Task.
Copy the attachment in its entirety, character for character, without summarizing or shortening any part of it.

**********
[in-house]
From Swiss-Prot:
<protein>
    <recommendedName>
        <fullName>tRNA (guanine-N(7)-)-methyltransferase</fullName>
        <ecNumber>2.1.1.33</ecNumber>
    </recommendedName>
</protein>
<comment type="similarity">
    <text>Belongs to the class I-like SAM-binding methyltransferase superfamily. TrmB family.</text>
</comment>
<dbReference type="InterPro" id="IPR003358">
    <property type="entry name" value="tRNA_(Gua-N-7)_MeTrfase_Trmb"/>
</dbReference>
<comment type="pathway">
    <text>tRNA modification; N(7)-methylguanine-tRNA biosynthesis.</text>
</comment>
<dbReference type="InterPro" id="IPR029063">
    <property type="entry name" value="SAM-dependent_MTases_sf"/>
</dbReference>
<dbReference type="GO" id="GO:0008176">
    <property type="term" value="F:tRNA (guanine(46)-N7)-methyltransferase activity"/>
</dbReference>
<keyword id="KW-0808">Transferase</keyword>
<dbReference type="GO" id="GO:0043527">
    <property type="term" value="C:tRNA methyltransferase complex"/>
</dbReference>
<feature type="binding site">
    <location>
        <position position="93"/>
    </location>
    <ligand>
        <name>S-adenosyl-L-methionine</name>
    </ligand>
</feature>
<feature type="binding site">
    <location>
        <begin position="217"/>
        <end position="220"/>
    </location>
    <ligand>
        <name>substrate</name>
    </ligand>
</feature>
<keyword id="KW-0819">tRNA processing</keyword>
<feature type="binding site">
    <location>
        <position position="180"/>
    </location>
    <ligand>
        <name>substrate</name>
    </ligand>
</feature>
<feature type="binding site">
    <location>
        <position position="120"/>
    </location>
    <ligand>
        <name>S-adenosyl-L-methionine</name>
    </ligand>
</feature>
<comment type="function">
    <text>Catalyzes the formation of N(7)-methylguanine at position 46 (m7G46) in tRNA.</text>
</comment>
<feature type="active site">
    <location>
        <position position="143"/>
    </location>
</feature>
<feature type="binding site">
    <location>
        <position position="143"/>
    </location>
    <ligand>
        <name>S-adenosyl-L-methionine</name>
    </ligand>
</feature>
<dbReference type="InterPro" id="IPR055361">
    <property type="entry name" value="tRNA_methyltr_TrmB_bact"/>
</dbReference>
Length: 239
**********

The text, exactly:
[in-house]
From Swiss-Prot:
<protein>
    <recommendedName>
        <fullName>tRNA (guanine-N(7)-)-methyltransferase</fullName>
        <ecNumber>2.1.1.33</ecNumber>
    </recommendedName>
</protein>
<comment type="similarity">
    <text>Belongs to the class I-like SAM-binding methyltransferase superfamily. TrmB family.</text>
</comment>
<dbReference type="InterPro" id="IPR003358">
    <property type="entry name" value="tRNA_(Gua-N-7)_MeTrfase_Trmb"/>
</dbReference>
<comment type="pathway">
    <text>tRNA modification; N(7)-methylguanine-tRNA biosynthesis.</text>
</comment>
<dbReference type="InterPro" id="IPR029063">
    <property type="entry name" value="SAM-dependent_MTases_sf"/>
</dbReference>
<dbReference type="GO" id="GO:0008176">
    <property type="term" value="F:tRNA (guanine(46)-N7)-methyltransferase activity"/>
</dbReference>
<keyword id="KW-0808">Transferase</keyword>
<dbReference type="GO" id="GO:0043527">
    <property type="term" value="C:tRNA methyltransferase complex"/>
</dbReference>
<feature type="binding site">
    <location>
        <position position="93"/>
    </location>
    <ligand>
        <name>S-adenosyl-L-methionine</name>
    </ligand>
</feature>
<feature type="binding site">
    <location>
        <begin position="217"/>
        <end position="220"/>
    </location>
    <ligand>
        <name>substrate</name>
    </ligand>
</feature>
<keyword id="KW-0819">tRNA processing</keyword>
<feature type="binding site">
    <location>
        <position position="180"/>
    </location>
    <ligand>
        <name>substrate</name>
    </ligand>
</feature>
<feature type="binding site">
    <location>
        <position position="120"/>
    </location>
    <ligand>
        <name>S-adenosyl-L-methionine</name>
    </ligand>
</feature>
<comment type="function">
    <text>Catalyzes the formation of N(7)-methylguanine at position 46 (m7G46) in tRNA.</text>
</comment>
<feature type="active site">
    <location>
        <position position="143"/>
    </location>
</feature>
<feature type="binding site">
    <location>
        <position position="143"/>
    </location>
    <ligand>
        <name>S-adenosyl-L-methionine</name>
    </ligand>
</feature>
<dbReference type="InterPro" id="IPR055361">
    <property type="entry name" value="tRNA_methyltr_TrmB_bact"/>
</dbReference>
Length: 239